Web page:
The Beltsville Agricultural Research Center probably won't be sold "in this administration," a top General Services Administration official said this week after the agency received a letter from Sen. Ted Stevens (R-Alaska)--chairman of a GSA Senate oversight committee--recommending that the sale be put on hold.
GSA officials had drafted an internal memorandum indicating that the Federal Property Resources Service firmly opposed Senate legislation sponsored by Sen. Charles Mathias (R-Md.) that seeks to keep BARC in federal hands.
But conflicting signals from Stevens' subcommittee staff last week threatened to prompt GSA to go the other way, and recommend going ahead with the sale unless hearings actually were scheduled.
Wayne A. Schley, staff director of Stevens' Senate subcommittee on General Services, said there "may be hearings; we don't know yet, for sure. We wrote to GSA because Mathias is a Republican and he is on the Governmental Affairs Committee."
Although Mathias' action may have obtained the desired result, it left Sen. Paul S. Sarbanes (D-Md.) hanging. Sarbanes cosponsored the Mathias bill and issued a press release claiming victory and cheering the hearings.
"In my view, the decision to dispose of property at Beltsville was hasty an ill-considered," Sarbanes's statement proclaimed. "It grew out of the Reagan administration's attempt to generate short-term revenue by disposing of important capitol assets. This policy is not working and needs to be carefully reassessed."
"What do you mean, there may not be hearings?" retorted a confused Sarbanes staffer last Monday.
A GSA spokesman said the letter was being "rewritten" and would not comment on which way it leaned.
Earl E. Jones, GSA's assistant commissioner of real property, said it is standard procedure to back off from a sale if congressional hearings are scheduled.
"We have a mission, and that is to sell the property that has been determined excess to the needs of the agency that held it," in this case, the Agriculture Department, Jones said, explaining that, in that context, GSA is but a middleman--"open-minded and willing to listen to the guidance from Congress."
After learning that Discount Brokers Inc., a commercial automobile loan firm, was illegally occupying space in a federal building here, General Services Administration realty specialists drew up a lease and asked the company to sign on the dotted line. Now Discount Brokers will have to pay $985.44 a year to rent 135 square feet of space in old Navy Yard Building 159.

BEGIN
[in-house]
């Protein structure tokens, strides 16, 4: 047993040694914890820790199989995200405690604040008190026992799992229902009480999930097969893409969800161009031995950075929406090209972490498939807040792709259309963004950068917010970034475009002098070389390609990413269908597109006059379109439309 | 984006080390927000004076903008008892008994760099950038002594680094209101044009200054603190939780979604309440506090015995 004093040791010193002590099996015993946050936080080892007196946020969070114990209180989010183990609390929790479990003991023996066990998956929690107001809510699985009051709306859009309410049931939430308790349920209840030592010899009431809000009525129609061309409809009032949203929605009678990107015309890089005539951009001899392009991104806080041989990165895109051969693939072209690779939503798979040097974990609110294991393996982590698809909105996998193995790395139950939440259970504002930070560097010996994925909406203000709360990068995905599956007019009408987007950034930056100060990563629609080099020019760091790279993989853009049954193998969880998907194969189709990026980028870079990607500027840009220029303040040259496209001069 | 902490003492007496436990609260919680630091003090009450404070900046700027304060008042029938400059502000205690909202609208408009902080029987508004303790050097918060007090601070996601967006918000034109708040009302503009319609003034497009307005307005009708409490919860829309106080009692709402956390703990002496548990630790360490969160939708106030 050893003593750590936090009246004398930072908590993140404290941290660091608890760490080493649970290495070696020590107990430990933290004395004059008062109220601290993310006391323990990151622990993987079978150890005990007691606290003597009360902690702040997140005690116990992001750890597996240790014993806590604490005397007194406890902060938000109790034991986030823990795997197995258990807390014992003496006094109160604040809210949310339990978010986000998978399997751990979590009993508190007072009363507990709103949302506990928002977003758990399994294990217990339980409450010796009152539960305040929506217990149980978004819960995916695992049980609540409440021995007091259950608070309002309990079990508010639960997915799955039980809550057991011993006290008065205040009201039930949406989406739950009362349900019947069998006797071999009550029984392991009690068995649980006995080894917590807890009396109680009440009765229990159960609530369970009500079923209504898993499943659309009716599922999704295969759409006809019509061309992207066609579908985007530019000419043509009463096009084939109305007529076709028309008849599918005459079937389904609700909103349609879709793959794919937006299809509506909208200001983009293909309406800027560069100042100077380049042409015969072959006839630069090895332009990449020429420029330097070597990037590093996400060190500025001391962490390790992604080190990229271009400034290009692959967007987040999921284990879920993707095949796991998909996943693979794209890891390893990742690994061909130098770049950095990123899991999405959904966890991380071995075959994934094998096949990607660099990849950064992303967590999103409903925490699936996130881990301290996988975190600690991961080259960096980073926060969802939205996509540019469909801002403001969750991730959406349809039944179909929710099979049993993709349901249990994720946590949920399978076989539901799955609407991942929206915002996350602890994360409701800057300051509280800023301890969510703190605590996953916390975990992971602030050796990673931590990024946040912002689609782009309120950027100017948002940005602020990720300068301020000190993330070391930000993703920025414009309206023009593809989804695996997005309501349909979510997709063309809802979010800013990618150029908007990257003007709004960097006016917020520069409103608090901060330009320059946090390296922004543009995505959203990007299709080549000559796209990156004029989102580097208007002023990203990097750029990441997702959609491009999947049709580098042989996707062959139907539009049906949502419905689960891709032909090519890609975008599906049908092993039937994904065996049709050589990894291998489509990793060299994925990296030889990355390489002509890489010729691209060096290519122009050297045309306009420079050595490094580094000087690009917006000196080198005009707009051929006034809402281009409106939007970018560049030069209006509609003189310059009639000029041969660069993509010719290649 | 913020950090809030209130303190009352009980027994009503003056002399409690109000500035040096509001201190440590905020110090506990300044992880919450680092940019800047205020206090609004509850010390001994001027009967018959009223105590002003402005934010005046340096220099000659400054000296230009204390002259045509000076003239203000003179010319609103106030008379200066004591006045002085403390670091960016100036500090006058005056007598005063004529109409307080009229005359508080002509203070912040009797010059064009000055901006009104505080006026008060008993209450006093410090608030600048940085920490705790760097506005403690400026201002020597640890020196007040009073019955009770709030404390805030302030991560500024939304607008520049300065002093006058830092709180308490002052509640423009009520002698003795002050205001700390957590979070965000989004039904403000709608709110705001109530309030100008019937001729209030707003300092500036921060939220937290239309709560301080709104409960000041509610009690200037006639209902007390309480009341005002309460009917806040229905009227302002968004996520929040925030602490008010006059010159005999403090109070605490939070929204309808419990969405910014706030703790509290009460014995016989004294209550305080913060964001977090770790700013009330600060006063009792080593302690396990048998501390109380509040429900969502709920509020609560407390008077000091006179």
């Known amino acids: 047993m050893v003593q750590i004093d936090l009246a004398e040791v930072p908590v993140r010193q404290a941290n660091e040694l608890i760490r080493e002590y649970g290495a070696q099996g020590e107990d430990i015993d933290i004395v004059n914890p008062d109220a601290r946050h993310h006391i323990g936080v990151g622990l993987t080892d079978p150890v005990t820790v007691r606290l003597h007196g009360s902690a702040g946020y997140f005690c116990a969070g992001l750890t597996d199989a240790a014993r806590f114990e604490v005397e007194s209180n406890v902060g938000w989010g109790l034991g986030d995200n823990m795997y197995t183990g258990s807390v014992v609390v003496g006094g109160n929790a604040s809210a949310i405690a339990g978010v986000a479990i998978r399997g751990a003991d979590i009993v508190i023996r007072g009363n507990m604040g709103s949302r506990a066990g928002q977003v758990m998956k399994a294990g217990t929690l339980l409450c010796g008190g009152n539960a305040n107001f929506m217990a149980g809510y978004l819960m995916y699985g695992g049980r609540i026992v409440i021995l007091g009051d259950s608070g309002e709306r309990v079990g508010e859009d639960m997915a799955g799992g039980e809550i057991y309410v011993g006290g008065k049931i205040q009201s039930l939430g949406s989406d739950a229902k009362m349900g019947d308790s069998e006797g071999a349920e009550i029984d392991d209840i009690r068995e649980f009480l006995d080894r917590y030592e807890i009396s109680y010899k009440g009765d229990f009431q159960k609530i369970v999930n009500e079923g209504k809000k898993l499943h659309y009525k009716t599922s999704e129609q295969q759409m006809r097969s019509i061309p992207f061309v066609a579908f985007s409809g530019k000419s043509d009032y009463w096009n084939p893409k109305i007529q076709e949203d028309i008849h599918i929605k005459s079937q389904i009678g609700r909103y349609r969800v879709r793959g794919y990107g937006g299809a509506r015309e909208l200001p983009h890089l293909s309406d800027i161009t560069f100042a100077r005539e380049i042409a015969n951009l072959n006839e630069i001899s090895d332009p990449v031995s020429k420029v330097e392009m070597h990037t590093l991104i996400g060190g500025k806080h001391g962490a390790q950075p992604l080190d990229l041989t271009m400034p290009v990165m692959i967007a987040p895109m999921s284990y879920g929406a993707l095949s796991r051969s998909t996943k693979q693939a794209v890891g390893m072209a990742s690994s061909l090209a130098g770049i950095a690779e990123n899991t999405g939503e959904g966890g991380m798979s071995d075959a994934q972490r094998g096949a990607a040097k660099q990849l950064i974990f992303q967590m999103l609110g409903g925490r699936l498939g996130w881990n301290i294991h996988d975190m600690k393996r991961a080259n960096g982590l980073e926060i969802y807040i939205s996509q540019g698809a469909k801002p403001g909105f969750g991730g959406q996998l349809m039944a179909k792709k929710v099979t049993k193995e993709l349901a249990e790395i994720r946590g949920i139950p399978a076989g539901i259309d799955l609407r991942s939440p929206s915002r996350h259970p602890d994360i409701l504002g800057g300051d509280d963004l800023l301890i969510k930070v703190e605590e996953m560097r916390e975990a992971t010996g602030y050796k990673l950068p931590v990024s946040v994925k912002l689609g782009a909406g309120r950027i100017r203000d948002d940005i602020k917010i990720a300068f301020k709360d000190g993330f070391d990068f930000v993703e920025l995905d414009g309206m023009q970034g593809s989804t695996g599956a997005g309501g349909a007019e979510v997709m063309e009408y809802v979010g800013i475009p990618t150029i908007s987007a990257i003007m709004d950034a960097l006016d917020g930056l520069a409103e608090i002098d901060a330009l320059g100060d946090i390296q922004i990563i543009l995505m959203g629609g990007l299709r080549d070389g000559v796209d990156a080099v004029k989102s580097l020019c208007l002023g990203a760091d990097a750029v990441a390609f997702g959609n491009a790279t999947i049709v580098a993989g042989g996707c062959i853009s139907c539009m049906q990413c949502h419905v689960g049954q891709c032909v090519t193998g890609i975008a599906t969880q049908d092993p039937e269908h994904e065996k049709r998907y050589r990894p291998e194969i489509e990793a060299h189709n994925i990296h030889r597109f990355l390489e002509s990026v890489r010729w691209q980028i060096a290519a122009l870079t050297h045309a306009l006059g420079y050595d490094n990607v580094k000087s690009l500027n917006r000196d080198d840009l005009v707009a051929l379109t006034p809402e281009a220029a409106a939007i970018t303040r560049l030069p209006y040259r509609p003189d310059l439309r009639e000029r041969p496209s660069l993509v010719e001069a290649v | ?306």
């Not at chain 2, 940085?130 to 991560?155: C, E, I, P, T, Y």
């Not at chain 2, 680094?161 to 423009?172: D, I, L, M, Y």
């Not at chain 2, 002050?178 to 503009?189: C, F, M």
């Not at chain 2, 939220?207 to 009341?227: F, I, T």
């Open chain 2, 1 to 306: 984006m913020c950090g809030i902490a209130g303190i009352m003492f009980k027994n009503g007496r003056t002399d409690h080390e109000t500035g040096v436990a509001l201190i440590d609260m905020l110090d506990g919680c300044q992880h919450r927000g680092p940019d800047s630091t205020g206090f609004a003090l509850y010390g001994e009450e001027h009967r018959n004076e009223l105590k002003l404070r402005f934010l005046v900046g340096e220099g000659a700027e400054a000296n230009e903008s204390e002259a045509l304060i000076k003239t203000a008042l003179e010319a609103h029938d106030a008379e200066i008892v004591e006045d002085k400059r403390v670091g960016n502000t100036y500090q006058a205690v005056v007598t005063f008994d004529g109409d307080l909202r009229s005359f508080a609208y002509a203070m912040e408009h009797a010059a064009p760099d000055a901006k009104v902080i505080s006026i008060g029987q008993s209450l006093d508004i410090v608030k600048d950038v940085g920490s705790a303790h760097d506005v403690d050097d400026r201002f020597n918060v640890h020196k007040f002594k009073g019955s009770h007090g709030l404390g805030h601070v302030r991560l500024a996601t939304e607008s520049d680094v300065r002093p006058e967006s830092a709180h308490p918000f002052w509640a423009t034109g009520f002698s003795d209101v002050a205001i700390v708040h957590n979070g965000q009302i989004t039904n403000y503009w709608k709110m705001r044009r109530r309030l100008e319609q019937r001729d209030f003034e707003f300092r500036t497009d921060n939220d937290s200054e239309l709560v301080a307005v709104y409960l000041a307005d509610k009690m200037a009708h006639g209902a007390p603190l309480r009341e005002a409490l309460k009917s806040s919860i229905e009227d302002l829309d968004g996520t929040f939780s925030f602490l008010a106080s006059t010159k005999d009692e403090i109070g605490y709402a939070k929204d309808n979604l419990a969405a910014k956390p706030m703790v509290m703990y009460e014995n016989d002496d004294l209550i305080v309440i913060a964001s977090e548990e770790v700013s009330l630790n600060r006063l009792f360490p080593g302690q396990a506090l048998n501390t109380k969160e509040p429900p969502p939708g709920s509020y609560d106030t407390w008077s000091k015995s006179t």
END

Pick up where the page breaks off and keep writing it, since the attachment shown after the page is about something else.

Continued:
Discount Brokers got into the space in connection with services it performs for the nonprofit Federal League of Recreation Associations. The association has been reprimanded for improperly allocating federal office space.
GSA regional realty chief William B. Jenkins said he does not think there is a plethora of illegal occupants of federal space. "Nonprofit groups can do this, but not companies that operate for a profit," Jenkins said.
After reviewing the U.S. Information Agency's space requests for its new headquarters at 400 C St. SW, GSA surrendered the unneeded portion of the building. But when USIA counted a second time, it found that the 11,000 square feet of ground floor space would just fit the people it "missed" in the first count.
By this time, the builder, Donohoe Construction Co., was trying to lease the space to retail shops and had set the rate at $29 a square foot, above the $25 a square foot GSA originally would have had to pay.
To complicate matters, GSA wanted the space at $16 a square foot--the average rate for space in the building. As could be expected, Donohoe refused. As a result, GSA will locate the additional USIA employes across the street in the 43-year-old Mary B. Switzer building.
The General Services Administration has sold $16.58 million worth of unneeded federal property on the open market in the last four months, bringing its fiscal year take up to $18.5 million.
The new sales included 1,188 acres of federal land. In October and November, GSA sold 634 acres.
Here's a capsule look at the sales over the past four months and the properties on the block in April.